PhD program in
  Genetics and Molecular and Structural Evolution  
Coordinated by Prof. Mariano Rocchi

  Anthropological and molecular aspects of human biodiversity,
with particular attention to the New Guinea island and the surrounding areas


The history of human migrations from Eastern Indonesia to New Guinea is studied through mtDNA and Y Chromosome polymorphisms analysis, taking into account climatic and geomorphological events that shaped settlement and adaptation patterns in this region in the Pleistocene. Animal introduction and domestication is also considered - through molecular variability of Sus Scrofa – as an indicator of human migrations in New Guinea

Published papers (selection) (click to download the pdf)

Mona S, Tommaseo-Ponzetta M, Brauer S, Sudoyo H, Marzuki S, Kayser M: Patterns of Y-chromosome diversity intersect with the trans-New Guinea hypothesis. Molecular biology and evolution 24:2546-2555 (2007)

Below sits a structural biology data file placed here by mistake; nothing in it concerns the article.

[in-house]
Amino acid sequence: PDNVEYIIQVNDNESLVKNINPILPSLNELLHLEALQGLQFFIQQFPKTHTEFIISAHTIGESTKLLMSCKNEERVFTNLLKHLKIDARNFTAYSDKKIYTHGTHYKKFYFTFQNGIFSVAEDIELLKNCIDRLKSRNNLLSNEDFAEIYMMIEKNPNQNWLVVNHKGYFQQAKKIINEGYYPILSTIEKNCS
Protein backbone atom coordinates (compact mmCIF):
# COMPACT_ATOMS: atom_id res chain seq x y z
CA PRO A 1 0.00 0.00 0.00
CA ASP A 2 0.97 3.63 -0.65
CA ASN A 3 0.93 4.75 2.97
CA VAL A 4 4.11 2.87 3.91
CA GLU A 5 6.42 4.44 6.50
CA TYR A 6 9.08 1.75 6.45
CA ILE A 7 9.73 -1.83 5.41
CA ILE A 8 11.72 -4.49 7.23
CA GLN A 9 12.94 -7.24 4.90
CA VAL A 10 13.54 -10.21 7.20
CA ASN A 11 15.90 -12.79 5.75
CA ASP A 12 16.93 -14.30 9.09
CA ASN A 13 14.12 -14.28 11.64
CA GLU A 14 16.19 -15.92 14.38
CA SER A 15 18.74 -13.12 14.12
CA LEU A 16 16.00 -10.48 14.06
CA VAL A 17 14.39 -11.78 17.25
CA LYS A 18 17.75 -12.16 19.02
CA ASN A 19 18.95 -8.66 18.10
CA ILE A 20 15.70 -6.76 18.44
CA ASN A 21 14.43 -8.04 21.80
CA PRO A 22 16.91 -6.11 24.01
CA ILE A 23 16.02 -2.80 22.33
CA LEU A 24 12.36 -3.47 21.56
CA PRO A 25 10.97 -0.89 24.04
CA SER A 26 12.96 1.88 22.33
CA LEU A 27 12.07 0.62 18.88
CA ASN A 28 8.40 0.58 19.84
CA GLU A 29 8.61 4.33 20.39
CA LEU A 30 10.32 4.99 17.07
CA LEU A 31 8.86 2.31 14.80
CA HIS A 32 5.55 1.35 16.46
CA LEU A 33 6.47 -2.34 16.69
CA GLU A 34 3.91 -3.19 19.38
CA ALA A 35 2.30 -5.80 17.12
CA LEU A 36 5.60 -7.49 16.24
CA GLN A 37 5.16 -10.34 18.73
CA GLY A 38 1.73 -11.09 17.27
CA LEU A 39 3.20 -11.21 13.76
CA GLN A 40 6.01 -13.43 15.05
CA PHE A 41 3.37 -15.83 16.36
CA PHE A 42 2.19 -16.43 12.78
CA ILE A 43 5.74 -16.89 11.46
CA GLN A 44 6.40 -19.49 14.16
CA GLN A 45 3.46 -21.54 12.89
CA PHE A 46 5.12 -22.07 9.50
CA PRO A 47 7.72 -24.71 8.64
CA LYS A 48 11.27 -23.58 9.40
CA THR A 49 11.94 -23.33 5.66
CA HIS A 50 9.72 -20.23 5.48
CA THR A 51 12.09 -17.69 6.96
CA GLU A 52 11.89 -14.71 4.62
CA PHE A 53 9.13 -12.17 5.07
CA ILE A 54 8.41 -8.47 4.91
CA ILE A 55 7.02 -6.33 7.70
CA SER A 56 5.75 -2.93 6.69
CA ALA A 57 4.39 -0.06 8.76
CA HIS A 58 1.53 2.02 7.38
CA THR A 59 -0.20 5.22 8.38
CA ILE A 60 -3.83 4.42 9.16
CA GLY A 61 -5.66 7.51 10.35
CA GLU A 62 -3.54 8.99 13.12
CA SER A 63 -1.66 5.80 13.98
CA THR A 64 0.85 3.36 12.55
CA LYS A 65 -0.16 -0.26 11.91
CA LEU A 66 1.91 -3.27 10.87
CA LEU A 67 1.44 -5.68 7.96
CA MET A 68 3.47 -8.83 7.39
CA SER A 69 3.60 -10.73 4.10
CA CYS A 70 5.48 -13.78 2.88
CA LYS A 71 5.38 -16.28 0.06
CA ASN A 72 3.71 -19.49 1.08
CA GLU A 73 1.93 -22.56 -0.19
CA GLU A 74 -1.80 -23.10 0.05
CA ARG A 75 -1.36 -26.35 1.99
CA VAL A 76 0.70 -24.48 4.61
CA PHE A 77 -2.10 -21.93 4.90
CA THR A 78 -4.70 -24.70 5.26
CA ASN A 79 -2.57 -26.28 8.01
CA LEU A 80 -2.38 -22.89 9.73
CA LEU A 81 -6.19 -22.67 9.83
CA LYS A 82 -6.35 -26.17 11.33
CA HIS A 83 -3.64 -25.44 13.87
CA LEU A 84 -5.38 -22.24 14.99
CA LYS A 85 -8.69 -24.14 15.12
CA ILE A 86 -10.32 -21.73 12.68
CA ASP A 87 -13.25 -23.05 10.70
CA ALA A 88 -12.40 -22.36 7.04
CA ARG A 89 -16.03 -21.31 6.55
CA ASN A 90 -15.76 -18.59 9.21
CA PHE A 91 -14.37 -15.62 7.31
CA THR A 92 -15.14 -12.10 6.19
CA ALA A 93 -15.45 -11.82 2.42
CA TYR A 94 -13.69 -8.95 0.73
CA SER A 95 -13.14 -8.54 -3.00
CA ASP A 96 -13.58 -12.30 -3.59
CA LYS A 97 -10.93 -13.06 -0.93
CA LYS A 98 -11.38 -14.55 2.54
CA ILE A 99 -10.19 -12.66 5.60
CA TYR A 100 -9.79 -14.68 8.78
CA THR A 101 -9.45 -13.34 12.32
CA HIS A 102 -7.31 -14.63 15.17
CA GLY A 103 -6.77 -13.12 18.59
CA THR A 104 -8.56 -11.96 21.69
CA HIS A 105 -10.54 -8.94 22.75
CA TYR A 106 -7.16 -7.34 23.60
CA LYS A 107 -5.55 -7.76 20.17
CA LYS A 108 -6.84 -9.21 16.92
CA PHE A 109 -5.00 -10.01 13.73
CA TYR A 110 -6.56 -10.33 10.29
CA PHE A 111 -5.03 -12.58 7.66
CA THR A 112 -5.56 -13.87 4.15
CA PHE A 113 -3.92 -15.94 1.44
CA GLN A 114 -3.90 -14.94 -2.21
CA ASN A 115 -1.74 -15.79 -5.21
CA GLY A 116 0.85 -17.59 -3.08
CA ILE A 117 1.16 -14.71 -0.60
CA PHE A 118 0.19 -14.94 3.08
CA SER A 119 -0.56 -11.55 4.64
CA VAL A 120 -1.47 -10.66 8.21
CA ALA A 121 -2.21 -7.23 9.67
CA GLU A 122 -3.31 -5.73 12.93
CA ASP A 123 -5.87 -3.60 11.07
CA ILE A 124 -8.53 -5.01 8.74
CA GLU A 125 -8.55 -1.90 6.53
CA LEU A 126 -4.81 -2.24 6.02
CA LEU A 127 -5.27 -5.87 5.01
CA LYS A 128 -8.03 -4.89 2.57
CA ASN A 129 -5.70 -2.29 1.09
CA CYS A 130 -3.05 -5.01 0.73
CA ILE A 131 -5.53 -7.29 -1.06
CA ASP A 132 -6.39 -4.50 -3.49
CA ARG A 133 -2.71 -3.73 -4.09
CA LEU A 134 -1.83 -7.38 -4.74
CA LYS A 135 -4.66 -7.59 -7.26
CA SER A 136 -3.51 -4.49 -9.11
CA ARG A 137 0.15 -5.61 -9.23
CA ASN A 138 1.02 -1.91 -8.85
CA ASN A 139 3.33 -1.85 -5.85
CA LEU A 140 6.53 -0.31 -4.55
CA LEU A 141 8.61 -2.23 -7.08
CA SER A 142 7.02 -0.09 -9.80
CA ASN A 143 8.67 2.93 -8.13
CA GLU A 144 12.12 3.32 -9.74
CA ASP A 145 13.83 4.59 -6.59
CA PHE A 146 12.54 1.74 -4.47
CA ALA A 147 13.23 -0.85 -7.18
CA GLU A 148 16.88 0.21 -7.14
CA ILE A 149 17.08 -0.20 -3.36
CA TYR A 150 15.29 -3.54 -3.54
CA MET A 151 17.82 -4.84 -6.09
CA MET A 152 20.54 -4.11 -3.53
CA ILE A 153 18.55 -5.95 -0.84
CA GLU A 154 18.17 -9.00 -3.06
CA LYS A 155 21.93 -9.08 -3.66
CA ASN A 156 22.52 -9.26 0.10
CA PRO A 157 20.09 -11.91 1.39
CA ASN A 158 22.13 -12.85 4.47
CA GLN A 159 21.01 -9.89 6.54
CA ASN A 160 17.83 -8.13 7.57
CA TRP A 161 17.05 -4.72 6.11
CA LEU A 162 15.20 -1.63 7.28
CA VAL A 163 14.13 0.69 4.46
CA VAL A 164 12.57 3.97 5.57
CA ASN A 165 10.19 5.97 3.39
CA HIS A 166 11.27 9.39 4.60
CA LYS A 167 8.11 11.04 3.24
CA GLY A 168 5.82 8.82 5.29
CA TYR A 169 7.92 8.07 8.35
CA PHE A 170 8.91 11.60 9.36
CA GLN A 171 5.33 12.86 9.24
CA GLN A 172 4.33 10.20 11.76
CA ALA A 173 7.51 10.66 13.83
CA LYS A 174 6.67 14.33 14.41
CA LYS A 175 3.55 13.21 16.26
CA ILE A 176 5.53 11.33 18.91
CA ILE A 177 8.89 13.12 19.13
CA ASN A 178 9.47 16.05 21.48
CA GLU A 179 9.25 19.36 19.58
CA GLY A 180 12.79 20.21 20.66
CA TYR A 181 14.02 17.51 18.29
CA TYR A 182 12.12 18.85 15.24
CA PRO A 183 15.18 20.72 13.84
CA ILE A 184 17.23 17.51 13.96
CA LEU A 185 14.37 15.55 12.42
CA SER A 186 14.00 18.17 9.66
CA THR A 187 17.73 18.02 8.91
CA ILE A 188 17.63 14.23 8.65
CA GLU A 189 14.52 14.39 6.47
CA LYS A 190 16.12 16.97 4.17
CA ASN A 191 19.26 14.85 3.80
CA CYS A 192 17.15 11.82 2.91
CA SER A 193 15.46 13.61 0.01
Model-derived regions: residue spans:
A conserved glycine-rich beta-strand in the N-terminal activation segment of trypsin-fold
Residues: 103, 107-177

Mona S, Randi E, Tommaseo-Ponzetta M: Evolutionary history of the genus Sus inferred from cytochrome b sequences. Molecular Phylogenetics and Evolution 45:757-762 (2007)

Accetturo M, Santamaria M, Lascaro D, Rubino F, Achilli A, Torroni A, Tommaseo-Ponzetta M, Attimonelli M: Human mtDNA site-specific variability values can act as haplogroup markers. Hum Mutat 27:965-974 (2006)

Kayser M, Brauer S, Weiss G, Schiefenhövel W, Underhill P, Shen P, Oefner P, Tommaseo-Ponzetta M, Stoneking M: Reduced Y-chromosome, but not mitochondrial DNA, diversity in human populations from West New Guinea. Am J Hum Genet 72:281-302 (2003)